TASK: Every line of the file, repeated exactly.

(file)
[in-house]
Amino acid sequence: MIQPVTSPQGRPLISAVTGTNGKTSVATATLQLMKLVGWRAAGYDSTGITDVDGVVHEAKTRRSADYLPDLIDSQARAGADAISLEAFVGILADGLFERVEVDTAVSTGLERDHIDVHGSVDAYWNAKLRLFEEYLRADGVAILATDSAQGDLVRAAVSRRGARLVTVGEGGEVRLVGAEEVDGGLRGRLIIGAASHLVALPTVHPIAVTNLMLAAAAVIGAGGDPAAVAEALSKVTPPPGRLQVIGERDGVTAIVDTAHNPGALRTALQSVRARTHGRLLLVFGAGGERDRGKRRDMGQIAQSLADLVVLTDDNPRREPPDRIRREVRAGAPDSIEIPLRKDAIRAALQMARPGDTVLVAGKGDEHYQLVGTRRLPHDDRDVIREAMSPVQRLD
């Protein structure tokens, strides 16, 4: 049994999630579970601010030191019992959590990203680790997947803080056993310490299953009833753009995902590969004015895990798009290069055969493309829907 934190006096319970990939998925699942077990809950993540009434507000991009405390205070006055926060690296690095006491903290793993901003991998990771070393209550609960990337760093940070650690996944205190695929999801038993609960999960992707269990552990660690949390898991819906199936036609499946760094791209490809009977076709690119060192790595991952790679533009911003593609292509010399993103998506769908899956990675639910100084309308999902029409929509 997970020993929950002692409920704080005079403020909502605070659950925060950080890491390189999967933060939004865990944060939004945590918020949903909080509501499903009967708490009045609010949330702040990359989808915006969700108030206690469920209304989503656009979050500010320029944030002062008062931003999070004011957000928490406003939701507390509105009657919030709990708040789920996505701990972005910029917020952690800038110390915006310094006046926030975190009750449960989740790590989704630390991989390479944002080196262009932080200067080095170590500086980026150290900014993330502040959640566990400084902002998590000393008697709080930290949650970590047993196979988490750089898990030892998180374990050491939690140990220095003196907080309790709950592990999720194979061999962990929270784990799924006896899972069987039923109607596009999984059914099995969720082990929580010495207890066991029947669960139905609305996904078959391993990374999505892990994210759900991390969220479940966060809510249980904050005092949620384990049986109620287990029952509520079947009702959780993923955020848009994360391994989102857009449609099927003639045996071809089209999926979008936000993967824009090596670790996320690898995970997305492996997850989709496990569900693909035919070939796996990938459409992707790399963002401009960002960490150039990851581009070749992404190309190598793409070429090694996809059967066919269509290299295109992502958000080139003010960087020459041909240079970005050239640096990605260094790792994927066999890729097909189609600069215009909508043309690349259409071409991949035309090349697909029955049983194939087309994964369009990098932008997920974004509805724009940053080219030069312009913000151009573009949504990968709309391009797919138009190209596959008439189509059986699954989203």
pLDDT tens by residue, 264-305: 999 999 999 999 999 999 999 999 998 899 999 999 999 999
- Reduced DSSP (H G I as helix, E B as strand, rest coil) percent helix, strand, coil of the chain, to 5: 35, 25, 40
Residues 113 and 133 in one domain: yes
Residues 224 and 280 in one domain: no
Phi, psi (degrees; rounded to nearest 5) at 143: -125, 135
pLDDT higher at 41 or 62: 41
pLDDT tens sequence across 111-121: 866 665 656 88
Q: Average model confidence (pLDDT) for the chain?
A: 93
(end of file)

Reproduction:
[in-house]
Amino acid sequence: MIQPVTSPQGRPLISAVTGTNGKTSVATATLQLMKLVGWRAAGYDSTGITDVDGVVHEAKTRRSADYLPDLIDSQARAGADAISLEAFVGILADGLFERVEVDTAVSTGLERDHIDVHGSVDAYWNAKLRLFEEYLRADGVAILATDSAQGDLVRAAVSRRGARLVTVGEGGEVRLVGAEEVDGGLRGRLIIGAASHLVALPTVHPIAVTNLMLAAAAVIGAGGDPAAVAEALSKVTPPPGRLQVIGERDGVTAIVDTAHNPGALRTALQSVRARTHGRLLLVFGAGGERDRGKRRDMGQIAQSLADLVVLTDDNPRREPPDRIRREVRAGAPDSIEIPLRKDAIRAALQMARPGDTVLVAGKGDEHYQLVGTRRLPHDDRDVIREAMSPVQRLD
């Protein structure tokens, strides 16, 4: 049994999630579970601010030191019992959590990203680790997947803080056993310490299953009833753009995902590969004015895990798009290069055969493309829907 934190006096319970990939998925699942077990809950993540009434507000991009405390205070006055926060690296690095006491903290793993901003991998990771070393209550609960990337760093940070650690996944205190695929999801038993609960999960992707269990552990660690949390898991819906199936036609499946760094791209490809009977076709690119060192790595991952790679533009911003593609292509010399993103998506769908899956990675639910100084309308999902029409929509 997970020993929950002692409920704080005079403020909502605070659950925060950080890491390189999967933060939004865990944060939004945590918020949903909080509501499903009967708490009045609010949330702040990359989808915006969700108030206690469920209304989503656009979050500010320029944030002062008062931003999070004011957000928490406003939701507390509105009657919030709990708040789920996505701990972005910029917020952690800038110390915006310094006046926030975190009750449960989740790590989704630390991989390479944002080196262009932080200067080095170590500086980026150290900014993330502040959640566990400084902002998590000393008697709080930290949650970590047993196979988490750089898990030892998180374990050491939690140990220095003196907080309790709950592990999720194979061999962990929270784990799924006896899972069987039923109607596009999984059914099995969720082990929580010495207890066991029947669960139905609305996904078959391993990374999505892990994210759900991390969220479940966060809510249980904050005092949620384990049986109620287990029952509520079947009702959780993923955020848009994360391994989102857009449609099927003639045996071809089209999926979008936000993967824009090596670790996320690898995970997305492996997850989709496990569900693909035919070939796996990938459409992707790399963002401009960002960490150039990851581009070749992404190309190598793409070429090694996809059967066919269509290299295109992502958000080139003010960087020459041909240079970005050239640096990605260094790792994927066999890729097909189609600069215009909508043309690349259409071409991949035309090349697909029955049983194939087309994964369009990098932008997920974004509805724009940053080219030069312009913000151009573009949504990968709309391009797919138009190209596959008439189509059986699954989203």
pLDDT tens by residue, 264-305: 999 999 999 999 999 999 999 999 998 899 999 999 999 999
- Reduced DSSP (H G I as helix, E B as strand, rest coil) percent helix, strand, coil of the chain, to 5: 35, 25, 40
Residues 113 and 133 in one domain: yes
Residues 224 and 280 in one domain: no
Phi, psi (degrees; rounded to nearest 5) at 143: -125, 135
pLDDT higher at 41 or 62: 41
pLDDT tens sequence across 111-121: 866 665 656 88
Q: Average model confidence (pLDDT) for the chain?
A: 93